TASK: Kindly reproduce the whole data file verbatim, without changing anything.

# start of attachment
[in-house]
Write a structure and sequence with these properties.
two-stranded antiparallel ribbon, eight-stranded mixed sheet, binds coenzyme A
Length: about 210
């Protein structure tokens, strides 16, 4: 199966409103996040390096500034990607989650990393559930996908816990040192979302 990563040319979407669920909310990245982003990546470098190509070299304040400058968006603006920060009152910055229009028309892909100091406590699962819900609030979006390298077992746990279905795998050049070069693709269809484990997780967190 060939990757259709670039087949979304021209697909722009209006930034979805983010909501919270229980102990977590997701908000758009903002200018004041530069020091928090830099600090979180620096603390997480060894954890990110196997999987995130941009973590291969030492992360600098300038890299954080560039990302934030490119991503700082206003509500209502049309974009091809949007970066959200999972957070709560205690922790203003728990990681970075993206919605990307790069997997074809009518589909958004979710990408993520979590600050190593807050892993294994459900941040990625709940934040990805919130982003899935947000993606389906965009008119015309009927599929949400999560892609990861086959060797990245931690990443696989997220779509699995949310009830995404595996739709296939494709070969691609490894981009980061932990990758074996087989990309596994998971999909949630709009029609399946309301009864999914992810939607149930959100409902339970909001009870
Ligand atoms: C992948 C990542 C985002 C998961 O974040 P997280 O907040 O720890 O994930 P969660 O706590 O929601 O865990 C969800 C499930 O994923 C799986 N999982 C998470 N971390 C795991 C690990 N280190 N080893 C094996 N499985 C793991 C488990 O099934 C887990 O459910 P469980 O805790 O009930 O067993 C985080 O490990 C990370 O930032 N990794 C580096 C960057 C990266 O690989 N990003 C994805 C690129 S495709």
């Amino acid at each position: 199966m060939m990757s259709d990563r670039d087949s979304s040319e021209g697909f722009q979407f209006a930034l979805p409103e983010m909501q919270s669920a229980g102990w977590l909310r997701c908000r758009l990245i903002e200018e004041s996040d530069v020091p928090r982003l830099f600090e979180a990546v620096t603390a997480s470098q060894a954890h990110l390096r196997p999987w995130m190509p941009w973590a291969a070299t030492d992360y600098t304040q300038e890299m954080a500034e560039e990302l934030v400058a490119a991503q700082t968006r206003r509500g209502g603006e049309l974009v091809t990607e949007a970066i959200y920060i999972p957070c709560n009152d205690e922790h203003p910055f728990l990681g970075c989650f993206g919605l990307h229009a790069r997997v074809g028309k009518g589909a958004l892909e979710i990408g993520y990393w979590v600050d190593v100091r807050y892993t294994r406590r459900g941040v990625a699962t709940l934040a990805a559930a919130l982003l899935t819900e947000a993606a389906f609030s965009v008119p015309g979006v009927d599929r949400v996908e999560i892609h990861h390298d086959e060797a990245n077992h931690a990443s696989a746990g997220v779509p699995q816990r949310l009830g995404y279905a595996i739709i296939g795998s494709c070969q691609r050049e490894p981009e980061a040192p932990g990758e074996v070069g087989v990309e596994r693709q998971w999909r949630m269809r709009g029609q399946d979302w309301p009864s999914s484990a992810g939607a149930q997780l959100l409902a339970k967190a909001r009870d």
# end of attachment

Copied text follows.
[in-house]
Write a structure and sequence with these properties.
two-stranded antiparallel ribbon, eight-stranded mixed sheet, binds coenzyme A
Length: about 210
């Protein structure tokens, strides 16, 4: 199966409103996040390096500034990607989650990393559930996908816990040192979302 990563040319979407669920909310990245982003990546470098190509070299304040400058968006603006920060009152910055229009028309892909100091406590699962819900609030979006390298077992746990279905795998050049070069693709269809484990997780967190 060939990757259709670039087949979304021209697909722009209006930034979805983010909501919270229980102990977590997701908000758009903002200018004041530069020091928090830099600090979180620096603390997480060894954890990110196997999987995130941009973590291969030492992360600098300038890299954080560039990302934030490119991503700082206003509500209502049309974009091809949007970066959200999972957070709560205690922790203003728990990681970075993206919605990307790069997997074809009518589909958004979710990408993520979590600050190593807050892993294994459900941040990625709940934040990805919130982003899935947000993606389906965009008119015309009927599929949400999560892609990861086959060797990245931690990443696989997220779509699995949310009830995404595996739709296939494709070969691609490894981009980061932990990758074996087989990309596994998971999909949630709009029609399946309301009864999914992810939607149930959100409902339970909001009870
Ligand atoms: C992948 C990542 C985002 C998961 O974040 P997280 O907040 O720890 O994930 P969660 O706590 O929601 O865990 C969800 C499930 O994923 C799986 N999982 C998470 N971390 C795991 C690990 N280190 N080893 C094996 N499985 C793991 C488990 O099934 C887990 O459910 P469980 O805790 O009930 O067993 C985080 O490990 C990370 O930032 N990794 C580096 C960057 C990266 O690989 N990003 C994805 C690129 S495709």
């Amino acid at each position: 199966m060939m990757s259709d990563r670039d087949s979304s040319e021209g697909f722009q979407f209006a930034l979805p409103e983010m909501q919270s669920a229980g102990w977590l909310r997701c908000r758009l990245i903002e200018e004041s996040d530069v020091p928090r982003l830099f600090e979180a990546v620096t603390a997480s470098q060894a954890h990110l390096r196997p999987w995130m190509p941009w973590a291969a070299t030492d992360y600098t304040q300038e890299m954080a500034e560039e990302l934030v400058a490119a991503q700082t968006r206003r509500g209502g603006e049309l974009v091809t990607e949007a970066i959200y920060i999972p957070c709560n009152d205690e922790h203003p910055f728990l990681g970075c989650f993206g919605l990307h229009a790069r997997v074809g028309k009518g589909a958004l892909e979710i990408g993520y990393w979590v600050d190593v100091r807050y892993t294994r406590r459900g941040v990625a699962t709940l934040a990805a559930a919130l982003l899935t819900e947000a993606a389906f609030s965009v008119p015309g979006v009927d599929r949400v996908e999560i892609h990861h390298d086959e060797a990245n077992h931690a990443s696989a746990g997220v779509p699995q816990r949310l009830g995404y279905a595996i739709i296939g795998s494709c070969q691609r050049e490894p981009e980061a040192p932990g990758e074996v070069g087989v990309e596994r693709q998971w999909r949630m269809r709009g029609q399946d979302w309301p009864s999914s484990a992810g939607a149930q997780l959100l409902a339970k967190a909001r009870d």